Strathnaver is the wide, fertile valley through which the River Naver flows north from Loch Naver to the sea at
Torrisdale Bay. To the modern visitor it may appear to be a quiet, sparsely populated landscape, but it has a long,
rich and varied history. There is evidence of man's activities from almost every period of history - so much so that
a special Tourist Trail has been created to guide visitors to many of the historic sites that lie between
Altnaharra in the south and Bettyhill in the north.
The oldest of these sites date back to the Neolithic period, some 6000 years ago and the remains of chambered cairns
- ancient tombs - can be seen at Grumbeg, Skail and Coille na Borgie. There are also Bronze Age hut circles and
stone circles dating from 4000 years ago at Rosal & Truderscaig and Iron Age brochs from 2000 years ago at
Grummore and Achcoillenaborgie.
The coming of Christianity to Scotland from Ireland is evidenced by the ancient burial ground and remains of a
pre-reformation chapel at Skail. This is also the location of the Red Priest's stone, said to mark the grave of
Saint Maelrubha, the founder of the Abbey of Applecross who died in 722AD. By the ninth century the Vikings had
conquered the area and Strathnaver was ruled by the Norse Earls of Orkney. However, by the late 12th century the
Scots defeated the Norse in a battle at Dalharrold to regain control of the land. After this, Strathnaver came to
be dominated by the Clan Mackay and more than 50 small farming townships grew up along the length of the Strath.
It was in the early nineteenth century that the most infamous events in Strathnaver's history took place - the
Clearances. Strathnaver was part of the estate of the Countess of Sutherland and her husband the Marquis of Stafford.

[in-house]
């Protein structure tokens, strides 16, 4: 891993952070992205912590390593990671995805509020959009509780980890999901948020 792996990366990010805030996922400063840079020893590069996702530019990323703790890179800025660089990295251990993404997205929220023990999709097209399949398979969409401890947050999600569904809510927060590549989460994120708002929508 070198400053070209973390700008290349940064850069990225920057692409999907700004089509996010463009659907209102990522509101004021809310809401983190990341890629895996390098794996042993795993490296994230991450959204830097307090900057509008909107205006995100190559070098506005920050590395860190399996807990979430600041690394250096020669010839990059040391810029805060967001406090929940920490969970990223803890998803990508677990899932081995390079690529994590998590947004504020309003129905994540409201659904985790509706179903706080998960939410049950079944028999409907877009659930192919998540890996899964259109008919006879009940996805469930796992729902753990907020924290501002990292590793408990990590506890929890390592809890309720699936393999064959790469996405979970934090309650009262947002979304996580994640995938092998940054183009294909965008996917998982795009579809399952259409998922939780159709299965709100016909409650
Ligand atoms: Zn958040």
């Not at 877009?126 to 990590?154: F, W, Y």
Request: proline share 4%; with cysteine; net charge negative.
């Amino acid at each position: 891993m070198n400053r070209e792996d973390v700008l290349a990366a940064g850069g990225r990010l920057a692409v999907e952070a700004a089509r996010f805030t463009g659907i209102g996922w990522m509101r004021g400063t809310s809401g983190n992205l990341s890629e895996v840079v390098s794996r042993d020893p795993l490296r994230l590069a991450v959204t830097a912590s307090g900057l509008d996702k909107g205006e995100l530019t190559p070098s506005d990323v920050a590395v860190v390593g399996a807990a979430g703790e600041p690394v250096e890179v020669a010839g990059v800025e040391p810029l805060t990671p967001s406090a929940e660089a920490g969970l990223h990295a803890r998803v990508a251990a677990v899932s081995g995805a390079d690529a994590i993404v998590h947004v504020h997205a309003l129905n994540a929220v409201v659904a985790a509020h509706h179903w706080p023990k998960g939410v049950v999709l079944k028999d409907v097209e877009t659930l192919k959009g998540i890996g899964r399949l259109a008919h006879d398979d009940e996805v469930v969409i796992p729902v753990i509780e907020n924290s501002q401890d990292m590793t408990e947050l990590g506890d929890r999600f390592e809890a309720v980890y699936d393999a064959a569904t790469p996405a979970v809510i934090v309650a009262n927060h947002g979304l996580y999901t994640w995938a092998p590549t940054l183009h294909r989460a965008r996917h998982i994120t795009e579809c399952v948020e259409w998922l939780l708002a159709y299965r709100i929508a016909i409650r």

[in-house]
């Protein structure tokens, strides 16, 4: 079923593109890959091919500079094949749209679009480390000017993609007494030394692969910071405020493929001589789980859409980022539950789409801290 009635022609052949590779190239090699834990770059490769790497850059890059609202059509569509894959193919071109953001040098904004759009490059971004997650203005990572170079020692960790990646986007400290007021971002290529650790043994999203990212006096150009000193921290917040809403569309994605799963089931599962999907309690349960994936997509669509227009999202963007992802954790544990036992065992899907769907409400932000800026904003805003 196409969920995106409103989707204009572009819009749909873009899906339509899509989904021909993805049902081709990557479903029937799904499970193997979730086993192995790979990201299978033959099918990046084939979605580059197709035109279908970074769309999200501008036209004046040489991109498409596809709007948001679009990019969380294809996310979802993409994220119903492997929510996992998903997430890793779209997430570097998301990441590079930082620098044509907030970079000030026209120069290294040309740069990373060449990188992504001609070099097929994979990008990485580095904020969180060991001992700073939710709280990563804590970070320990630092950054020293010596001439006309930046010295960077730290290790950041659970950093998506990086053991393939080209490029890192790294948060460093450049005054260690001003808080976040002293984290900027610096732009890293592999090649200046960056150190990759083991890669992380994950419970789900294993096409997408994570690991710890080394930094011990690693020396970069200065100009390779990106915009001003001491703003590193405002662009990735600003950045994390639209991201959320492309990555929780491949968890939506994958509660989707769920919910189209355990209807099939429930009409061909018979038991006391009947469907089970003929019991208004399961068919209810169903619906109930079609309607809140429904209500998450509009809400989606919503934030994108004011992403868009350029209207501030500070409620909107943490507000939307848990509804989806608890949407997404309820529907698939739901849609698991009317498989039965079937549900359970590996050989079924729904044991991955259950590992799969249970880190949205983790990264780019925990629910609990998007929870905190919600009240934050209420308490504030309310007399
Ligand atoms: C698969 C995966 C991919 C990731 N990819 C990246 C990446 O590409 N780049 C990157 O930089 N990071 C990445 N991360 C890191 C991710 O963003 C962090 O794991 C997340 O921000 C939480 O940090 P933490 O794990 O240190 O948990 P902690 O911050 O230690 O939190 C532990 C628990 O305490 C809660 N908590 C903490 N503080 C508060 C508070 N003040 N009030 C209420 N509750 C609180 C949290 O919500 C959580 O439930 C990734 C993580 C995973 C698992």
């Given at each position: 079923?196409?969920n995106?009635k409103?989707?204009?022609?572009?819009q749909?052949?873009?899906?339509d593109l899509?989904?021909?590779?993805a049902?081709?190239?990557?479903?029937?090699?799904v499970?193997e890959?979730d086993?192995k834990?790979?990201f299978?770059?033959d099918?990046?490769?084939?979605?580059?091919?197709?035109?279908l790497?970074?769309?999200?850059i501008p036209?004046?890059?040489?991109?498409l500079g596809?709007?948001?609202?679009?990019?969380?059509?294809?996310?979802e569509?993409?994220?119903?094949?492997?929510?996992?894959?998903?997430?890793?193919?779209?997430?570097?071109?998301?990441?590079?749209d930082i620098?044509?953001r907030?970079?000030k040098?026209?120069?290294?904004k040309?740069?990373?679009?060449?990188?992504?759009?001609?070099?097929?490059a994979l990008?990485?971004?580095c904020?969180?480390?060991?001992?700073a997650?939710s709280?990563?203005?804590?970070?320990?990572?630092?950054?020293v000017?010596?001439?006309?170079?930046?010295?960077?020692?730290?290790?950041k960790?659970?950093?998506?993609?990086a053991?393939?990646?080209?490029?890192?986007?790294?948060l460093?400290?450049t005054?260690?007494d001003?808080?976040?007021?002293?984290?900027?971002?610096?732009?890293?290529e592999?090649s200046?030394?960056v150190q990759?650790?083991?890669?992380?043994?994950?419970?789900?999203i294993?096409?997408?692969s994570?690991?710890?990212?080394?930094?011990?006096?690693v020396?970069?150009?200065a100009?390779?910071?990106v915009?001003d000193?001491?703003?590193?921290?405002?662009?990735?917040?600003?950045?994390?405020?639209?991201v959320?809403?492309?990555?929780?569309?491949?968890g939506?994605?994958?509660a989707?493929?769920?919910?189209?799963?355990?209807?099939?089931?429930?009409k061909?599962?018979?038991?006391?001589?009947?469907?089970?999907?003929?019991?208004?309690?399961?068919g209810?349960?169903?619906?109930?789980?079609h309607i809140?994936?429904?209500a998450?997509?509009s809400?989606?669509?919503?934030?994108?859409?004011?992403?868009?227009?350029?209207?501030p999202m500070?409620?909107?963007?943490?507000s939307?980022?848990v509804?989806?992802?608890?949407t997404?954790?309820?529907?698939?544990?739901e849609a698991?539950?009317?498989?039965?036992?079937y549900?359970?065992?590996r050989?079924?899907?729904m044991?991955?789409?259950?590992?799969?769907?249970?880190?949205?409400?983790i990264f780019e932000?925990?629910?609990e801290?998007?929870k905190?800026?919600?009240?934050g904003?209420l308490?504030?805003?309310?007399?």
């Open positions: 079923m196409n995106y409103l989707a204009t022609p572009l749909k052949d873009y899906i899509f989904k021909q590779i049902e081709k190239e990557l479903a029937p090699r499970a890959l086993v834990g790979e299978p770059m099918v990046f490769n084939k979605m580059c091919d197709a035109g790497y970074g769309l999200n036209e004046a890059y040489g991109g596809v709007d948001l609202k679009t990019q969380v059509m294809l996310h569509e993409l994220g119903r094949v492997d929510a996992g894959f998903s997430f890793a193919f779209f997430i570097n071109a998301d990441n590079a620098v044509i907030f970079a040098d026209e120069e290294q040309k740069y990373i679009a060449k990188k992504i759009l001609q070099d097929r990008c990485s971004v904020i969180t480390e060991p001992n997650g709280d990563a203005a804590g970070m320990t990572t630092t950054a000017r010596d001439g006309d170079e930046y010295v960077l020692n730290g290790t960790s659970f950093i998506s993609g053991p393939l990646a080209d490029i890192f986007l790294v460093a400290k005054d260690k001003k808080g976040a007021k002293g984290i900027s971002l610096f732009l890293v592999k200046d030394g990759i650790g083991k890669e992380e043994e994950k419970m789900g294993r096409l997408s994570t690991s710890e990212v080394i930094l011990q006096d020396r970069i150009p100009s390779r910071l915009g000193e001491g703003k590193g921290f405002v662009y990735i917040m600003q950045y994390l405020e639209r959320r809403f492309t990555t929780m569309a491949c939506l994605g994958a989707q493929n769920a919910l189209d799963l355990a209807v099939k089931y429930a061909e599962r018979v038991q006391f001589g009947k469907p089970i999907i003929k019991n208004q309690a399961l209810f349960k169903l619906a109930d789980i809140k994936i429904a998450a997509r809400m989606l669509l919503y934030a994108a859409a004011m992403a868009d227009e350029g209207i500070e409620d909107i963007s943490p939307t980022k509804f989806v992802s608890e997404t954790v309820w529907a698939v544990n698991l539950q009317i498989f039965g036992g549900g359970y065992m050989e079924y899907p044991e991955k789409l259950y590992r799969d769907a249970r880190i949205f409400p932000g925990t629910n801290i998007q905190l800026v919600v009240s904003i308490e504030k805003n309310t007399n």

They had decided to "improve" their lands by turning them over to profitable sheep farming and were intent on moving
their tenants to new villages built on the coast.
From 1814, the evicitions were undertaken by the Sutherland Estate factor, Patrick Sellar. He was ruthless in his
actions, destroying homes and burning crops to force people from their land. His actions were so extreme that in
April 1816 Sellar stood trial in Inverness on a variety of charges including fire raising and culpable homicide.
However, he was acquitted and returned to Strathnaver where he had leased a large area of the land to farm sheep.
There are the remains of many abandoned townships throughout the Strath, the best known of these being Rosal. This is
mainly thanks to Donald Macleod, a native of that township, who witnessed the clearances and wrote passionately
about them. He is remembered in a memorial close to the site of the settlement.
Another notable memorial in Strathnaver is the monument to one of the most famous regiments in the British army,
the 93rd Sutherland Highlanders. The regiment first enlisted at Syre in Strathnaver in September 1800. These men
went on to serve their country with distinction throughout the British Empire. The 93rd famously became known as the
"Thin Red Line" after their actions during the Crimean War of 1854. However, by this time there were very few
Strathnaver men among the ranks. Dismayed by what had happened during the clearances many in the Strath declared
that their lords and masters "having preferred sheep to men" should "let sheep defend them".
Strathnaver, with its beautiful landscapes and haunting historical sites is well worth a visit as it encapsulates
the history of much of Sutherland in its tourist trail.